Tinnitus: Characteristics, Causes and Cures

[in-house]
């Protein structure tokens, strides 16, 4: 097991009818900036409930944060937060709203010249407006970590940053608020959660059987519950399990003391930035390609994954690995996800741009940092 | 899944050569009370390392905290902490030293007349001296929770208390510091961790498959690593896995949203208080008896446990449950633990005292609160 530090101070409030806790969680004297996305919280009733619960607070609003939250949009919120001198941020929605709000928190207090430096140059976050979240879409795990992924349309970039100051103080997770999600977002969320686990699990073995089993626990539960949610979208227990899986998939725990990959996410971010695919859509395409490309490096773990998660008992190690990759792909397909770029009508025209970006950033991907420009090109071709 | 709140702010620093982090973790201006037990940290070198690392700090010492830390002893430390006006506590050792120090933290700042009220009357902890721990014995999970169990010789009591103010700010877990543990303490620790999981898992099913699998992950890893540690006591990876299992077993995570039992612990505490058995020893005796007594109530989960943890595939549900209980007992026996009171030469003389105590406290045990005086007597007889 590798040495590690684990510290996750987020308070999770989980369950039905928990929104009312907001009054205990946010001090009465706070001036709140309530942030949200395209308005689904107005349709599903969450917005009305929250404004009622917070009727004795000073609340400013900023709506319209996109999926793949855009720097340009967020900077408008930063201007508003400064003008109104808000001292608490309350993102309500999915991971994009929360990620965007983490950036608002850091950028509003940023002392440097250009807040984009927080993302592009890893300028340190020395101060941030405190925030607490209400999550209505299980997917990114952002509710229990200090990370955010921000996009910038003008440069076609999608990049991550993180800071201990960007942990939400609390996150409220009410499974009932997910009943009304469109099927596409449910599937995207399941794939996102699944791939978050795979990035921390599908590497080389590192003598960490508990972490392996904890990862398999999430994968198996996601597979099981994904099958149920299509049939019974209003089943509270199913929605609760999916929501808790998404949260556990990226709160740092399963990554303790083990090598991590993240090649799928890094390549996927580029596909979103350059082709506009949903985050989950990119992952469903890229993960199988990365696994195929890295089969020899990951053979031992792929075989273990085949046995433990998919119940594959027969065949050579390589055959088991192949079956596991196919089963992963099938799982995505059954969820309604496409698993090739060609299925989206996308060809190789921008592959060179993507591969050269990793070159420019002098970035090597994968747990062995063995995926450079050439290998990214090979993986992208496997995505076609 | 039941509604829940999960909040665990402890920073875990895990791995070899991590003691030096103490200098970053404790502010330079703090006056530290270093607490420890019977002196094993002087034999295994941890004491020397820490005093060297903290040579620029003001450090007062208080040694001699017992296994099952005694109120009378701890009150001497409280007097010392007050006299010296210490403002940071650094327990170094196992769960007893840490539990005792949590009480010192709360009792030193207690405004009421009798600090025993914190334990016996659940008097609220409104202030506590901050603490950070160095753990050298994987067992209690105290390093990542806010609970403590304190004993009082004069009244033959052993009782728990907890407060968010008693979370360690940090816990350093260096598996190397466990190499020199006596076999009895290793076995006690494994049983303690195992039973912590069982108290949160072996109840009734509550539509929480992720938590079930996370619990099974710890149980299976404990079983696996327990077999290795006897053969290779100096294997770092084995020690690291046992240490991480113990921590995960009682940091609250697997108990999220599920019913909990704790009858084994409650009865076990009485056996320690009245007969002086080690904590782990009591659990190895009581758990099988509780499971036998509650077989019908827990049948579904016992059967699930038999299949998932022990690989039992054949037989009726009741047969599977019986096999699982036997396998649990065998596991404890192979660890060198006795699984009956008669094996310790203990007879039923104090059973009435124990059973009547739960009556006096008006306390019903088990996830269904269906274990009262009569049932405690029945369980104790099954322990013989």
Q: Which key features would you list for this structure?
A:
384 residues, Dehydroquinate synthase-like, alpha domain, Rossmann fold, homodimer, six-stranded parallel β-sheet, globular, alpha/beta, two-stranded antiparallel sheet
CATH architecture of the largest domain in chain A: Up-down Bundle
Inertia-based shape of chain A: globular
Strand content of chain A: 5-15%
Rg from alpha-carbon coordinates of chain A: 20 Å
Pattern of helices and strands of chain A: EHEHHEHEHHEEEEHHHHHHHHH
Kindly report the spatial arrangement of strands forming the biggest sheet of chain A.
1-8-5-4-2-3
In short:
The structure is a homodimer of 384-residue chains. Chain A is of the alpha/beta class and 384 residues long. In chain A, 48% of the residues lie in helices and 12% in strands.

Are you one of the millions of people who suffer from the (often) debilitating condition called Tinnitus? Are you aware that help is available? The first thing that you need is INFORMATION. In particular you are no doubt interested in learning more about the characteristics (symptoms), causes and possible cures, so let’s get right into it . . . What are You Hearing? Some Characteristics of Tinnitus First of all, it is possible to hear those strange sounds in your head, either some of the time or all of the time. Those who hear these sounds all of the time seem to struggle most, as it can interfere with their daily routine, work and most especially their sleep. Secondly, you may seem to hear sounds and noises either from one ear or from both ears. With some, the sounds may be heard in both ears but may be softer (or louder) in one ear than the other. This can alternate back-and-forth, from one ear to the other. The types of “sounds” and “noises” which are “heard” can vary as well. Everything from human voices, to natural sounds like ocean waves, bees buzzing to industrial-type sounds have been reported. It is most common to hear chirping, ringing, buzzing, clicking, steady tones, whooshing, sizzling sounds in either one or both ears. Tinnitus is one of those medical conditions which is very subjective, personal and individual. Cause of Tinnitus — It May Not Be Just That Loud Music It is important to understand that if you have Tinnitus the probability is high that you also have some sort of true hearing loss. Audiologists have long known that people suffering from Tinnitus cannot hear sounds at the same frequency as the sounds they report hearing in their heads. At extremely loud levels, Tinnitus can cause you to feel tired all the time, irritable and even depressed — and especially when it is continuous. There are many possible causes of Tinnitus. Among them are surely damage and trauma to the ear due to continuous playing of loud music, or from working for long periods every day in a very noisy environment. But there can be other causes as well: Improper hygiene resulting in ear infections and a build-up of ear wax can cause distortions in your hearing. Medications like Quinidine or even over-the-counter drugs like aspirin can bring on Tinnitus. In fact, there are hundreds of medications, compounds, substances and chemicals which have been reported as possible causal agents. Finally, hearing loss associated with growing older (presbycusis) and Meniere’s disease can trigger Tinnitus. Can Tinnitus Be Cured? Can your Tinnitus be cured? People vary a great deal with this medical condition, and only your doctor can advise you about possible treatments and if it will be possible to be “cured” of Tinnitus. A great variety of treatments for Tinnitus have been tried, giving relief to some. Again, your doctor is your best source of information, but you might want to ask them about these possible treatment options — Thorough cleaning of the ear passage (for mucous and earwax build-up) Prescription medications: Melatonin, Lidocaine injections, Carbamazepine Nutritional therapy: Zinc, lipoflavonoids Regulation of caffeine, nicotine and salt intake Electrical therapy, nerve stimulation, sound treatments Surgery (when necessary to repair tissue damage)